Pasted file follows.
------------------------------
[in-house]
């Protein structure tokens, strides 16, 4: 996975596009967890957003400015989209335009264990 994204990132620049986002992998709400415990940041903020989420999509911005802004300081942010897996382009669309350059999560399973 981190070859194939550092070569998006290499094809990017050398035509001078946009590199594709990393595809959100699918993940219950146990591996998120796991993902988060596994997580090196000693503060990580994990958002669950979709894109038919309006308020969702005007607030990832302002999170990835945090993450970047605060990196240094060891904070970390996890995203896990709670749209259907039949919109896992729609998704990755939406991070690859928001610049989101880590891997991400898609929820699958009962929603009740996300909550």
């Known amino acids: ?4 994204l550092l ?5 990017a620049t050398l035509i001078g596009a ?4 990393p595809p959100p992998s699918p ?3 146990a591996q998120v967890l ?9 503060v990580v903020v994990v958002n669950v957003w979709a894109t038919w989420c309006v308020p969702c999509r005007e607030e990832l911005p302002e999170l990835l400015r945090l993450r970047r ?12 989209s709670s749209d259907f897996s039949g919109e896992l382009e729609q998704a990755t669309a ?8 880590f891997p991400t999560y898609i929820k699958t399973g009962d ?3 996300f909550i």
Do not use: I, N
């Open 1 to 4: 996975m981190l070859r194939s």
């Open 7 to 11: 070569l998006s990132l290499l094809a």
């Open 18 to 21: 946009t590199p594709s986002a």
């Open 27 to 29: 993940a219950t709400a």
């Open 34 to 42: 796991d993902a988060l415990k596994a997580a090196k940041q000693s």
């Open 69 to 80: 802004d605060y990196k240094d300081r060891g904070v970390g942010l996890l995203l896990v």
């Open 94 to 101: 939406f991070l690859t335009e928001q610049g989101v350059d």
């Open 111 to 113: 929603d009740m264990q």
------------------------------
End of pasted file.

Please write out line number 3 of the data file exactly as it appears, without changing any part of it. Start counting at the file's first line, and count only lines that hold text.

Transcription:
């Known amino acids: ?4 994204l550092l ?5 990017a620049t050398l035509i001078g596009a ?4 990393p595809p959100p992998s699918p ?3 146990a591996q998120v967890l ?9 503060v990580v903020v994990v958002n669950v957003w979709a894109t038919w989420c309006v308020p969702c999509r005007e607030e990832l911005p302002e999170l990835l400015r945090l993450r970047r ?12 989209s709670s749209d259907f897996s039949g919109e896992l382009e729609q998704a990755t669309a ?8 880590f891997p991400t999560y898609i929820k699958t399973g009962d ?3 996300f909550i």